I recently wrote a blog post for my wonderful sister Katia (who unfortunuately moved from the UK when I moved there) about something I'm very passionate about - sustinability. I'm sharing that post here as well for you to read or you can head over to the post HERE to read it. Katia and her partner in crime Barry recently moved to South America and you can read all about their travels as well as how to live purposefully HERE. Here are 10 small actions towards a more sustainable life:
1. Love food; hate waste
Did you know that in the UK alone we throw away 7 million tonnes of food and drinks from our homes every year? It doesn’t have to be like that, so why do we do it? The two main reasons are that we either buy or make too much or we simply don’t use it in time. It’s not rocket science how we can solve the problems but my number one solution for all of them is the freezer. Freeze everything. Made or bought too much food? Freeze it. Noticing that the best before date is approaching? FREEZE IT. I’m serious. If you’re feeling generous you could also give away the food you won’t be using, someone will definitely use it. Small changes can make a huge difference, and everyone can play their part.
Tip: write down the best before dates on a note and stick it to your fridge!
2. Bulk purchases
I just started doing this recently (I’ve been in the dark for too long) and it is the best. Buy storage food in bulk bags to: 1) reduce plastic, 2) reduce transport needed, 3) save time and 4) save money! Personally I buy big bags of oatmeal, chia seeds and nuts from Amazon which lasts me for several months.
3. Meatless Mondays!
Meatless Mondays was a campaign originating in the United States where (as you might have guessed) you seclude animals from your meals to improve personal health and the health of the planet. Animal agriculture is a major contributing to global warming, one of the biggest problems the world is facing today. Most of us are used to eating animals and transitioning to a plant based diet can be overwhelming for some, so secluding meat for one day is a good and rather easy start.
No one is really too lazy to recycle, it’s just a matter of whether or not you care. Why should you care? Perhaps to save resources and reduce landfill waste - in other words, it is good for the environment. UK’s recycling rate for waste from households was 44.3% in 2015, a number that easily could be improved. Coming from Sweden I have to say that recycling is far easier in the UK as they have ’mixed recycling’ where someone else sorts it for you! That being said there is no excuse not to recycle.
5. Reusable stuff
There is no need to buy plastic bags when you go grocery shopping or buy take away mugs with a plastic lid and a plastic straw and here’s why: you save money bringing your own reusable bag and mug, Starbucks deducts 25p and you won’t have to pay for a plastic bag at the store. Also it gives an use to that old tote bag in the back of your wardrobe that someone gave to you during a festival.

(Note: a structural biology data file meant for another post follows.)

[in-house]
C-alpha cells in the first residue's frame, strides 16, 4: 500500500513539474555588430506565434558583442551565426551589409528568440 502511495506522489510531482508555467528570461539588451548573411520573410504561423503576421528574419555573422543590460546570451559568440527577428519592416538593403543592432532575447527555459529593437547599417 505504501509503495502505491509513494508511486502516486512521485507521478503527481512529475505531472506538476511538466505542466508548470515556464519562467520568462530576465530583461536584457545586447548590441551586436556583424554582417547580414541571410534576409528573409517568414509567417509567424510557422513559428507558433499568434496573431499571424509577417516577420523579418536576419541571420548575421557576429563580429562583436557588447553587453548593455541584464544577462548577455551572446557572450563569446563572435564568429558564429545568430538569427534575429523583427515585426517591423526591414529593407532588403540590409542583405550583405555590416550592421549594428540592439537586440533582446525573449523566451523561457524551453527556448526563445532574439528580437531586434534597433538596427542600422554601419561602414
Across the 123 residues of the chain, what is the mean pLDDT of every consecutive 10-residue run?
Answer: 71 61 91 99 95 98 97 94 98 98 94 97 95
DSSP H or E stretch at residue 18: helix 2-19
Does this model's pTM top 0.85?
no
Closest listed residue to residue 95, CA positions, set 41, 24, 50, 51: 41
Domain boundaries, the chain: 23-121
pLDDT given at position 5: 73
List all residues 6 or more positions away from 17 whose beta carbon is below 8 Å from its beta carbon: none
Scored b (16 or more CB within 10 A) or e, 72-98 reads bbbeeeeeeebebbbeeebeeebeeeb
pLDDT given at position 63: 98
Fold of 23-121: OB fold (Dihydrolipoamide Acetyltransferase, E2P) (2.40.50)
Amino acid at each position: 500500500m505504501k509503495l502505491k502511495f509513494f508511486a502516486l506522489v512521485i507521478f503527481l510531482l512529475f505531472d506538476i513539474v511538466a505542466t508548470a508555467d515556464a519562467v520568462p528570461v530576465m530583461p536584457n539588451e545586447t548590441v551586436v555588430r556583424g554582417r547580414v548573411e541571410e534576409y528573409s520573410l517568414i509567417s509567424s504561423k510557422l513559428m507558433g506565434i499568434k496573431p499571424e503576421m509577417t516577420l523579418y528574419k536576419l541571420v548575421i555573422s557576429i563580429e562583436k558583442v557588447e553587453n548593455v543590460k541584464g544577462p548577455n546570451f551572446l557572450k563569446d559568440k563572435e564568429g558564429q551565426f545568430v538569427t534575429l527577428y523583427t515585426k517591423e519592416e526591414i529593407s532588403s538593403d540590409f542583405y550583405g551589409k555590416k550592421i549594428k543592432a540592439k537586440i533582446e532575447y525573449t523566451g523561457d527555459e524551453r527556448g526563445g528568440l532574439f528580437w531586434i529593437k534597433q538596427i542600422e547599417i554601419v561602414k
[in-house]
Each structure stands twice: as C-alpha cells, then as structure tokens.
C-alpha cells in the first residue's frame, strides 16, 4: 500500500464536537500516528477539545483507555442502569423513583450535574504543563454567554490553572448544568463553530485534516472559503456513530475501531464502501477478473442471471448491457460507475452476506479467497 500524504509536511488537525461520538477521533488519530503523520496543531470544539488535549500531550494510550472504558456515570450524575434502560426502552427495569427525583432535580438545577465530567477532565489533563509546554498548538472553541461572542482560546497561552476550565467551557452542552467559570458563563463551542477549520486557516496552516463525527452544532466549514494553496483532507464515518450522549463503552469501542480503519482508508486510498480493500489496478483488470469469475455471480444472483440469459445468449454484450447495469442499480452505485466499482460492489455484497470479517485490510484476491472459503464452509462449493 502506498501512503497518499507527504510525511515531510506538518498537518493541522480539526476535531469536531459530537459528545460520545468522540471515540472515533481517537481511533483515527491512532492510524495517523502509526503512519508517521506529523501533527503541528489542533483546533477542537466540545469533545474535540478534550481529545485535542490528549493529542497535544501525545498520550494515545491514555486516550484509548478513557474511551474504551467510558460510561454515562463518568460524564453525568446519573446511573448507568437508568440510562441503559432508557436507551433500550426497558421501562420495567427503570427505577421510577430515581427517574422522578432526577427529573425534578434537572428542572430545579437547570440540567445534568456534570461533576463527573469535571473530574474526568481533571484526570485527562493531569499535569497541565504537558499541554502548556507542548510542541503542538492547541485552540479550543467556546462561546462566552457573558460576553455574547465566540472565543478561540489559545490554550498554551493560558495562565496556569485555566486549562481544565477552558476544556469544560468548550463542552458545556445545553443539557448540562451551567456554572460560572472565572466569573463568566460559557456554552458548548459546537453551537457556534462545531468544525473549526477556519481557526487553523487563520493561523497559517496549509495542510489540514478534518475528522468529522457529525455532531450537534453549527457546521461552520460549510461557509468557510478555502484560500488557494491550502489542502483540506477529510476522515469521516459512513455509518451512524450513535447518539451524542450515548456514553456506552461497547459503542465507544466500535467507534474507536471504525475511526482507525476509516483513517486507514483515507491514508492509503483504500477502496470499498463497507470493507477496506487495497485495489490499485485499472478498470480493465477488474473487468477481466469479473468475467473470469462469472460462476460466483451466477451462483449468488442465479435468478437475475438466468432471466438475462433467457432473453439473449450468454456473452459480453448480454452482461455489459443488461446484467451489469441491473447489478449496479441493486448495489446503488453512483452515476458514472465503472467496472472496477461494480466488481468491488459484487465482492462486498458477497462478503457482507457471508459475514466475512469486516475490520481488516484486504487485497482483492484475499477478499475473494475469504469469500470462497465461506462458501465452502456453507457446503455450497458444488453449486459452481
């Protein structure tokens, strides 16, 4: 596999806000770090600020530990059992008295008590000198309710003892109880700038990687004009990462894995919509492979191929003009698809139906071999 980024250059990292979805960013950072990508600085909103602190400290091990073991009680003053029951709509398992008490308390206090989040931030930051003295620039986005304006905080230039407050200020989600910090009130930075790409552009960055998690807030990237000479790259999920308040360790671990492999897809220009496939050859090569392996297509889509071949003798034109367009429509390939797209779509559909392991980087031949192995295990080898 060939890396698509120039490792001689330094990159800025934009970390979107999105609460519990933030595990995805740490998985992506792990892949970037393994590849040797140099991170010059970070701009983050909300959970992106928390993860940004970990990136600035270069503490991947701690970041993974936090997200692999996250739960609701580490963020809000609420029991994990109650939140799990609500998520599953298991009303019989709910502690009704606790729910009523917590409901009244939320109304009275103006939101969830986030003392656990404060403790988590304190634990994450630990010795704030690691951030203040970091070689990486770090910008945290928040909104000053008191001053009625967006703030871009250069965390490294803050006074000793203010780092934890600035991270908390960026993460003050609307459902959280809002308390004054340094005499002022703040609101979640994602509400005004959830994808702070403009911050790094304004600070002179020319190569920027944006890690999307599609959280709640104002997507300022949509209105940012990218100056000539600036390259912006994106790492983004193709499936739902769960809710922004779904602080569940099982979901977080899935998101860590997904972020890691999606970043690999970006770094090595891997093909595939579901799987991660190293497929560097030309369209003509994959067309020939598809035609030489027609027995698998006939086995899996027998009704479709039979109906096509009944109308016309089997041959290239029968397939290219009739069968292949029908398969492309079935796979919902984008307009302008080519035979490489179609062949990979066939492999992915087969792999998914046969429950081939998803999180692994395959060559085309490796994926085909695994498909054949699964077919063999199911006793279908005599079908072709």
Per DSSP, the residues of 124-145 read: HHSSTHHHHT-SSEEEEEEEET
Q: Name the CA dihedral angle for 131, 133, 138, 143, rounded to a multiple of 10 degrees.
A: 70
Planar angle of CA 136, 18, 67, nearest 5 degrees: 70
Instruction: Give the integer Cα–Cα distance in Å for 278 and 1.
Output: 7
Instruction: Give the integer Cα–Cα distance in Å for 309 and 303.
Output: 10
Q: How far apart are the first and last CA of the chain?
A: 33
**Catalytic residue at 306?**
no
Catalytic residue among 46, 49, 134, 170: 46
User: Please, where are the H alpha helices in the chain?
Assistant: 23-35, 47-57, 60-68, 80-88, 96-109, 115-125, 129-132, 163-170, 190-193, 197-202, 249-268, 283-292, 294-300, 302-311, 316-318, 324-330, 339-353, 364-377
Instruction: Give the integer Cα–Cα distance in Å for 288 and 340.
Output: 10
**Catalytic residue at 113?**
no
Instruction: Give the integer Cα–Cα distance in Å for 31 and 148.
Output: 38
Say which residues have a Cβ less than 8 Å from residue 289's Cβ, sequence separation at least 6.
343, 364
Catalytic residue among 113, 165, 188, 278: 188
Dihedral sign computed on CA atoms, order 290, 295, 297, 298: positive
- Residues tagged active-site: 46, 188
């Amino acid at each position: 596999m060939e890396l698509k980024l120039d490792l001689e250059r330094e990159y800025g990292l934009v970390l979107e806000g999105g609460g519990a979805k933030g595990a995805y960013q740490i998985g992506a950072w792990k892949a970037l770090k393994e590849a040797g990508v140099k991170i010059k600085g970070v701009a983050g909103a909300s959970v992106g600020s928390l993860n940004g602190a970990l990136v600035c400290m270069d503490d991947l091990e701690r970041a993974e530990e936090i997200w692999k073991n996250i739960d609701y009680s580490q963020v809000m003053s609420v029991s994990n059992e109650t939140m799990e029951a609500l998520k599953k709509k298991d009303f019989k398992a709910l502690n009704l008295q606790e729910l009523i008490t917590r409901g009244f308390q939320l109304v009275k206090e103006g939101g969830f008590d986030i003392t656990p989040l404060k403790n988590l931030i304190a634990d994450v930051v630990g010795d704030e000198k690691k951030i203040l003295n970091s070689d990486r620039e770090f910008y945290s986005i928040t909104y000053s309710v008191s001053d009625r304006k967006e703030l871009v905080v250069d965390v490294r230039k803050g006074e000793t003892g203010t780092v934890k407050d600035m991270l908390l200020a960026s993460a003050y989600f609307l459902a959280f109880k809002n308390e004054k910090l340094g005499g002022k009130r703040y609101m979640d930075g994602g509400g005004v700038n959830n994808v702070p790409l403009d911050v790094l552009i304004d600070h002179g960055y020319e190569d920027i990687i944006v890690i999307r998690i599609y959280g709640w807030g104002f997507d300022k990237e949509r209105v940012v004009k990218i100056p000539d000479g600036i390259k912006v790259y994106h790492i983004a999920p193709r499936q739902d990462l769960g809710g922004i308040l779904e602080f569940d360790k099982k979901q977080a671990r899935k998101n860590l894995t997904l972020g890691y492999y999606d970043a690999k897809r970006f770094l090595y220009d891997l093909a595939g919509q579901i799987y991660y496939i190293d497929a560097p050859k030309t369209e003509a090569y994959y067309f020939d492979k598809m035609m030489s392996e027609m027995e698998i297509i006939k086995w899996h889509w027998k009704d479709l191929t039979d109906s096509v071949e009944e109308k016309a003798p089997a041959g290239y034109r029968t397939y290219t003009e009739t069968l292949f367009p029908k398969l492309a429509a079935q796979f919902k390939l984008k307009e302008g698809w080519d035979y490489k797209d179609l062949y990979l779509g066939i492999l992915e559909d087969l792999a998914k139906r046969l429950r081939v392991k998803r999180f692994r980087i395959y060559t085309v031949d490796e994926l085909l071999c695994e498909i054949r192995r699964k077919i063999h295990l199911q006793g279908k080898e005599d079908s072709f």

If you have Pinterest you're pretty much good to go to start your new career as a ’DIYer’. You can make everything from shampoo to toothpaste to laundry detergents etc. The possibilities are more or less endless. Just keep in mind how and where you get the ingredients used for the project!
7. No returns!
This is far from obvious and you might never have thought about it but returning online purchases is a huge waste. In the U.S. it generated 5 billion pounds (!) of landfill waste per year. Rather than ordering online you could (if possible) check it out in a store to be 100% sure before you order anything.
This applies not only to clothes but also furniture, cars, bikes etc. But clothes is one of the biggest issues considering how much we produce, purchase and discard. The average American discards 68 pounds of clothes every year, most of which ends up at landfills, even though an estimate of 99% of materials in clothing are recyclable. Second-hand purchases does not create waste, environmental damage or demand.
9. Give away your stuff
One man’s trash is another man’s treasure. If you’re not sure who to give it to you can always donate items to charities such as the Red Cross or Oxfam. But if you decide to give it to someone you know - make sure that the person will use it rather than just accepting it to be polite.
10. Farmers market/package free shops
Farmers markets are perfect from a sustainability perspective - it’s local (minimum transport) and almost always plastic free! For the days when there aren’t any farmers markets going on you could always try to find a package free shop, just google it to see if there are any nearby where you live. The products are usually more expensive than at a regular grocery store but let’s face it - money is worthless if our planet dies.